Dr. Max Sichel
Values Codes I-E-L
There were not many Jewish professional men in the Early West because most adult Jews in the decades following the Gold Rush were European immigrants. It was very difficult for European Jews to get a professional education or to enter the schools which provided one. Also, it was the business opportunities in the early West which provided most of the attraction. Still, there were a few Jewish professionals in the 1850s and 1860s, one of them being the dentist, Dr. Max Sichel.
Dr. Max Sichel was born in 1822 in Heidelberg
By the early 1860s, Sichel was practicing dentistry in San Francisco.
His practice partner was Dr. David Steinberg.
While it is difficult to be certain, they were probably the only Jews in California in that period, engaged in dentistry.
The 1861 list of forty-one dentists in San Francisco did not include any others with Jewish names.
In San Francisco he engaged both in solo practice at some periods and with partners at other times. For a decade or so in the late 1870s and 1880s, his partner was Dr. Charles W. Richards.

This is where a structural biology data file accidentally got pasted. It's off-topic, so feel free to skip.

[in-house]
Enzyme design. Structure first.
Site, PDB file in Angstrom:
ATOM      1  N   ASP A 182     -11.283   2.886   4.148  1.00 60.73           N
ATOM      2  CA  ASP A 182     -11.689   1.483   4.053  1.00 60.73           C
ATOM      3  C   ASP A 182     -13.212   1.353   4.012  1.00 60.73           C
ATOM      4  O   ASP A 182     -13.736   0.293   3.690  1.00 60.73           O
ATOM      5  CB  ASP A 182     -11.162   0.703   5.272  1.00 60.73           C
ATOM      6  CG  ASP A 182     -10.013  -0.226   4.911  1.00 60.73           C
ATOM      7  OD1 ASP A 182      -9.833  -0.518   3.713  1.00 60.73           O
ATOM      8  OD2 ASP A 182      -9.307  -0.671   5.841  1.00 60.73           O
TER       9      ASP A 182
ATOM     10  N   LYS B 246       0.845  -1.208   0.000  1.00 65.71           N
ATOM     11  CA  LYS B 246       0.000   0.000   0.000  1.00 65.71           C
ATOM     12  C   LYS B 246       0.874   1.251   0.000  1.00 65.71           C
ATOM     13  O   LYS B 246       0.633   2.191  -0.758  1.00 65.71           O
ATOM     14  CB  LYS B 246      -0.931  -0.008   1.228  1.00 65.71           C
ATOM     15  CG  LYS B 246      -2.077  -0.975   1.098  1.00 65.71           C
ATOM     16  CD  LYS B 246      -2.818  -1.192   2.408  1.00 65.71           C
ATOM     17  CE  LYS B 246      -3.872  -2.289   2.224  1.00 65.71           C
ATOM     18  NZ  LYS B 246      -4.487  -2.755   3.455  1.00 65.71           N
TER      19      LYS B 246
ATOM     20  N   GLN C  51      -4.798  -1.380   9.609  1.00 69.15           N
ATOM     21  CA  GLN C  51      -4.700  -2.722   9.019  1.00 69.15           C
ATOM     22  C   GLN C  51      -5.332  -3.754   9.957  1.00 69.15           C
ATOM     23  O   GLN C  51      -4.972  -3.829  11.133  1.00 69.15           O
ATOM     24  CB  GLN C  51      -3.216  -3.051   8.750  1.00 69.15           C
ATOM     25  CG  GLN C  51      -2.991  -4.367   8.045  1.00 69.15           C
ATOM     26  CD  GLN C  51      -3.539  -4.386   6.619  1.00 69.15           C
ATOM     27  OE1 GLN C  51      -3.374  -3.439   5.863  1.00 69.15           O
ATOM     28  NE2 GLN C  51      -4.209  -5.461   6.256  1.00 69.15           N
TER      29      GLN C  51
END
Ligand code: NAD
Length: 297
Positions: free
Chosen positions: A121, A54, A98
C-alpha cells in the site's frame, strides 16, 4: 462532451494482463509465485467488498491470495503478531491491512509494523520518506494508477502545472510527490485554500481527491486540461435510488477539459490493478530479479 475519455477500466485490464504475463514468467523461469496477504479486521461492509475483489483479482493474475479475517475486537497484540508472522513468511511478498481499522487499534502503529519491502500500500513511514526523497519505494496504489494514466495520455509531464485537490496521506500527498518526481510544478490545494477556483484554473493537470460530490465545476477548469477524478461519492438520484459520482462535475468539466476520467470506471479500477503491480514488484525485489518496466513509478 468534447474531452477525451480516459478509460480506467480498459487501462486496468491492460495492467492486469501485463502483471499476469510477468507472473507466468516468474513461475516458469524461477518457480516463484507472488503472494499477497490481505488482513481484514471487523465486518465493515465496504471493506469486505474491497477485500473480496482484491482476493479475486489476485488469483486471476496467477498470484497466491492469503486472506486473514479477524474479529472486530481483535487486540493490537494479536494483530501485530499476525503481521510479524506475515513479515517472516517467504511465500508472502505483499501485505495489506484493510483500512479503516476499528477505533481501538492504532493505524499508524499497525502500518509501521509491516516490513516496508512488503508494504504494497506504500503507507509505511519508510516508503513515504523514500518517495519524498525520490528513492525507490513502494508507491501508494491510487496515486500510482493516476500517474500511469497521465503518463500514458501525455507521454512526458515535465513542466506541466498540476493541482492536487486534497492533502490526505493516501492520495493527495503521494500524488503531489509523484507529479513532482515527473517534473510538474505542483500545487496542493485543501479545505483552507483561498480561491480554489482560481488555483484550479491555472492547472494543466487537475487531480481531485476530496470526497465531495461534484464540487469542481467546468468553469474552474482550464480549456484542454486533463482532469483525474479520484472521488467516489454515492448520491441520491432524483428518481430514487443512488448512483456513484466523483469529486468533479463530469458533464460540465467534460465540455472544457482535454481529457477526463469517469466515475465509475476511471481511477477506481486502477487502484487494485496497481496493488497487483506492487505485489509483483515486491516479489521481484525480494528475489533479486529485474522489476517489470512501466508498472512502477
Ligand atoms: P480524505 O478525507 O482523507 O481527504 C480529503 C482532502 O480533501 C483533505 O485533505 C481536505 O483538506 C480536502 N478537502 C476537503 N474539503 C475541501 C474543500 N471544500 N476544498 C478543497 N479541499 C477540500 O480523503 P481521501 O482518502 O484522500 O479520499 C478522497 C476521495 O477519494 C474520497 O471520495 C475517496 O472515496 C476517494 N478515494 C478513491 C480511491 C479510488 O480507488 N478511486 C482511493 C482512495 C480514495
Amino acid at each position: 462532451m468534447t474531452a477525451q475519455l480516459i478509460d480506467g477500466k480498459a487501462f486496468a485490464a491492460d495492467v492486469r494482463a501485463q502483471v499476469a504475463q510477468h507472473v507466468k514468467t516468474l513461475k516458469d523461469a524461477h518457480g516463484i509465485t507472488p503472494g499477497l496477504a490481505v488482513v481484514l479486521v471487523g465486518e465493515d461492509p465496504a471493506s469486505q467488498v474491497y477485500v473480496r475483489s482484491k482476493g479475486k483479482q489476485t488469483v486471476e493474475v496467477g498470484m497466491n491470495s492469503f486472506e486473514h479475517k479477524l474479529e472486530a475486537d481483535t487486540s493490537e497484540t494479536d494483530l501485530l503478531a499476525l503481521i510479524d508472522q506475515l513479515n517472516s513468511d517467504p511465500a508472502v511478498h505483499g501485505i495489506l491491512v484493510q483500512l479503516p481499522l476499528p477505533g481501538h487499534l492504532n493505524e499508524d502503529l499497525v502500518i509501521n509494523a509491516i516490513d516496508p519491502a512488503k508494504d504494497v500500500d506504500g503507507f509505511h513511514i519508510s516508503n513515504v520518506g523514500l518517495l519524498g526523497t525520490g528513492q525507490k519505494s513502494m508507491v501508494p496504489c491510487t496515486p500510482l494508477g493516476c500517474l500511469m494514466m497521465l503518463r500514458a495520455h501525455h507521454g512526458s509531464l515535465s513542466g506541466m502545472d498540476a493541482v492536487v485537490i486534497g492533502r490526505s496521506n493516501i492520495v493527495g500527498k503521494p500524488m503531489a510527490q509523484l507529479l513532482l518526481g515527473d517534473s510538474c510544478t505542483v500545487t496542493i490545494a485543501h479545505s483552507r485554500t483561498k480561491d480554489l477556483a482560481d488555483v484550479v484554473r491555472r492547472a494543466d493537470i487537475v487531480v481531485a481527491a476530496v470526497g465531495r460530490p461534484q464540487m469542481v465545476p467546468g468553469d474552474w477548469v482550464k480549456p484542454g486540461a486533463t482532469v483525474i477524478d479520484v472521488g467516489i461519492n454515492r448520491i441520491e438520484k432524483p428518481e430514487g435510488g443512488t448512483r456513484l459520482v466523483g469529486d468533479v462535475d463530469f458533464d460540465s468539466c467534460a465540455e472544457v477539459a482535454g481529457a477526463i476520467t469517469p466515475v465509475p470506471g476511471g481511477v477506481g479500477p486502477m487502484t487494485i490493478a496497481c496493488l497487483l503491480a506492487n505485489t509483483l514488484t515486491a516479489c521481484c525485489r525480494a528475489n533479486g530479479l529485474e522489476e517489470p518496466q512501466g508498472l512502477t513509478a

When the copy of Dr. Sichel’s advertisment was run in 1868 in The Hebrew, he was operating a solo practice.
In the 1870s Dr. Max Sichel provided the dental service for the children at the Pacific Hebrew Orphan Asylum.
Dr. Max Sichel was active with the B’nai B’rith Order. He belonged to Modin Lodge No. 42, one of San Francisco’s early B’nai B’rith lodges, which had been established in 1860.
Sichel was also an active member of the Odd Fellows fraternity.
Dr. Max Sichel and his wife Fanny had seven children, two daughters and five sons. The family belonged to Congregation Emanu-El.
Of the five sons of Max Sichel, three became dentists: Gustave, Leo and Henry. The first one to practice dentistry, though not with his father, was Gustave, who opened his office at the end of the 1870s. He was educated in San Francisco.
Drs. Henry and Leo Sichel began to practice with their father by the 1890s
Dr. Max Sichel died in 1907
His funeral wa s held at the Odd Fellows cemetery.
Dr. Sichel’s obituary in the San Francisco Jewish newspaper, Emanu-El, noted that he had been both “well know and highly esteemed.”
More information can be found in the following issue of Western States Jewish History:
- Sichell, Dr. Max. Pioneer Jews of San Francisco, Part Two, M-Z, Norton Stern, 41/2
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